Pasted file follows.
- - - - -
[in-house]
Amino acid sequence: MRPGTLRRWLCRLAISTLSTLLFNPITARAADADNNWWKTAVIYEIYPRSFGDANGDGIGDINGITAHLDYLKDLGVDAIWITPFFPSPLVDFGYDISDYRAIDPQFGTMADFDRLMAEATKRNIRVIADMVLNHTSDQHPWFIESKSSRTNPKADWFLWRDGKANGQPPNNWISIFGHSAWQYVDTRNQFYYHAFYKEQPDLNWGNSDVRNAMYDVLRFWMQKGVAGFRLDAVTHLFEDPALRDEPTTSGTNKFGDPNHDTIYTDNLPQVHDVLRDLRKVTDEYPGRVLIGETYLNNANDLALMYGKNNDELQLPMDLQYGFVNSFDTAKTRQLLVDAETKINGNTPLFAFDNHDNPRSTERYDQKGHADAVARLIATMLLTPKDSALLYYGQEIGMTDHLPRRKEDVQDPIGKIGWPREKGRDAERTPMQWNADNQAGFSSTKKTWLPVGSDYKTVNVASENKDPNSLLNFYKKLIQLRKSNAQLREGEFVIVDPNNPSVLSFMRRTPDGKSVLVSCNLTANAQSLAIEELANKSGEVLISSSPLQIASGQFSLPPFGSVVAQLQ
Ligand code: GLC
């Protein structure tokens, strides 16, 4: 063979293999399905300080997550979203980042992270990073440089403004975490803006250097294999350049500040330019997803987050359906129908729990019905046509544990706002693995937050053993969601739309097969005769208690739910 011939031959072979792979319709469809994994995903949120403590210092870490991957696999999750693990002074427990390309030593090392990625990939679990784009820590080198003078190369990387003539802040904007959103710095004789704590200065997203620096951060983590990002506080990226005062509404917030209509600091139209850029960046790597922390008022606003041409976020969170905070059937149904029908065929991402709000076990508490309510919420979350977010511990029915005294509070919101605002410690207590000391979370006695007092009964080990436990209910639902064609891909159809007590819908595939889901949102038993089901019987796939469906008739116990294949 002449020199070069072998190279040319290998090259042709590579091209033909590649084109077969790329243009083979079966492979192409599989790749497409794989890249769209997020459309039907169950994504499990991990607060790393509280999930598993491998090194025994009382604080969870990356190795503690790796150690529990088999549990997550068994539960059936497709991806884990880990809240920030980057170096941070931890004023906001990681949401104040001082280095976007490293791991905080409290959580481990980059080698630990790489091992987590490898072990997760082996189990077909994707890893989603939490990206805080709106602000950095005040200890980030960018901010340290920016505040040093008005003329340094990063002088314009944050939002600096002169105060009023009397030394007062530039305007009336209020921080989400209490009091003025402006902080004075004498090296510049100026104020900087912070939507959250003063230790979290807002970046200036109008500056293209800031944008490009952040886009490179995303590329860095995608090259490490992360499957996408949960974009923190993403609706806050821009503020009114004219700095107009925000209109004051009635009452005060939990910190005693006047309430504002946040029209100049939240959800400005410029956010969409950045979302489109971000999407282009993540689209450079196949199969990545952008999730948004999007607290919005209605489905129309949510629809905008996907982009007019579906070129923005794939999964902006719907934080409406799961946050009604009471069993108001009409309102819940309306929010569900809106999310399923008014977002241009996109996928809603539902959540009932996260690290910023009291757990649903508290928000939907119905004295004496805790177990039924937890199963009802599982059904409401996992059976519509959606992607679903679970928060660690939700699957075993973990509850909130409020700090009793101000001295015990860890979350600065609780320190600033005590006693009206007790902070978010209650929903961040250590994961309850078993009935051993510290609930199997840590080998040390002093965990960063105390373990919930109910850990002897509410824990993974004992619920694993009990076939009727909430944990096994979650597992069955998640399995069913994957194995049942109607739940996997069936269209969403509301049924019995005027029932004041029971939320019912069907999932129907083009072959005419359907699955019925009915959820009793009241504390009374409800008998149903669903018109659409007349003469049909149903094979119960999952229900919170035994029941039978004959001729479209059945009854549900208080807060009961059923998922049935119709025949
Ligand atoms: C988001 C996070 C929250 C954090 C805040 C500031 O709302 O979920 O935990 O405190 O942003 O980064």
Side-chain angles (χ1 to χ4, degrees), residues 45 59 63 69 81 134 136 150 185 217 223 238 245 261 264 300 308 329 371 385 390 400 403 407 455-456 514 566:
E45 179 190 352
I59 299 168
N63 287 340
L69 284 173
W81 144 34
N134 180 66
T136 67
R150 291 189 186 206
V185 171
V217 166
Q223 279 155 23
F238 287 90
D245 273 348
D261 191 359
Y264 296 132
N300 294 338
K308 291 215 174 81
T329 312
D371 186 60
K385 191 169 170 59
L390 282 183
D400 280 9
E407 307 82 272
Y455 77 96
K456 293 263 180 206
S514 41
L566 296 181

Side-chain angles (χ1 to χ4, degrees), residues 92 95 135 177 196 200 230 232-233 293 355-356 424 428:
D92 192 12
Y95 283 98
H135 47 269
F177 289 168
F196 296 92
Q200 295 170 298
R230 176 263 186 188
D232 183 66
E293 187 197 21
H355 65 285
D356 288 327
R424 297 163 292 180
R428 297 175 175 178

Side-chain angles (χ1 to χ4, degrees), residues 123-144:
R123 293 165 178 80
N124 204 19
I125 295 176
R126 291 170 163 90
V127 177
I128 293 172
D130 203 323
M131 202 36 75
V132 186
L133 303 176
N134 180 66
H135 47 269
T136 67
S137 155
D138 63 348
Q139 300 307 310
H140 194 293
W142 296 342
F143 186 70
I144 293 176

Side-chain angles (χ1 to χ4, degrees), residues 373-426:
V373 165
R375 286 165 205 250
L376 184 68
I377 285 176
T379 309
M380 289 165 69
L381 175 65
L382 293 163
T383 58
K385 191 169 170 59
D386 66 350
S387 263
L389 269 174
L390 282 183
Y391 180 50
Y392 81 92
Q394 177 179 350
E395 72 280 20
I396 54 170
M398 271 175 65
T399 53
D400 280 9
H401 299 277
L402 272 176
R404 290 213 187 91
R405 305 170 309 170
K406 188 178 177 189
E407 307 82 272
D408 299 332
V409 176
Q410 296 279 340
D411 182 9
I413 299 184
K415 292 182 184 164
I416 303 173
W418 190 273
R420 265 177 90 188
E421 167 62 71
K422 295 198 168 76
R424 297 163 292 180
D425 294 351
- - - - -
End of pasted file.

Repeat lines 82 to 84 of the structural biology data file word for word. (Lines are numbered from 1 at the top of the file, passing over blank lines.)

L389 269 174
L390 282 183
Y391 180 50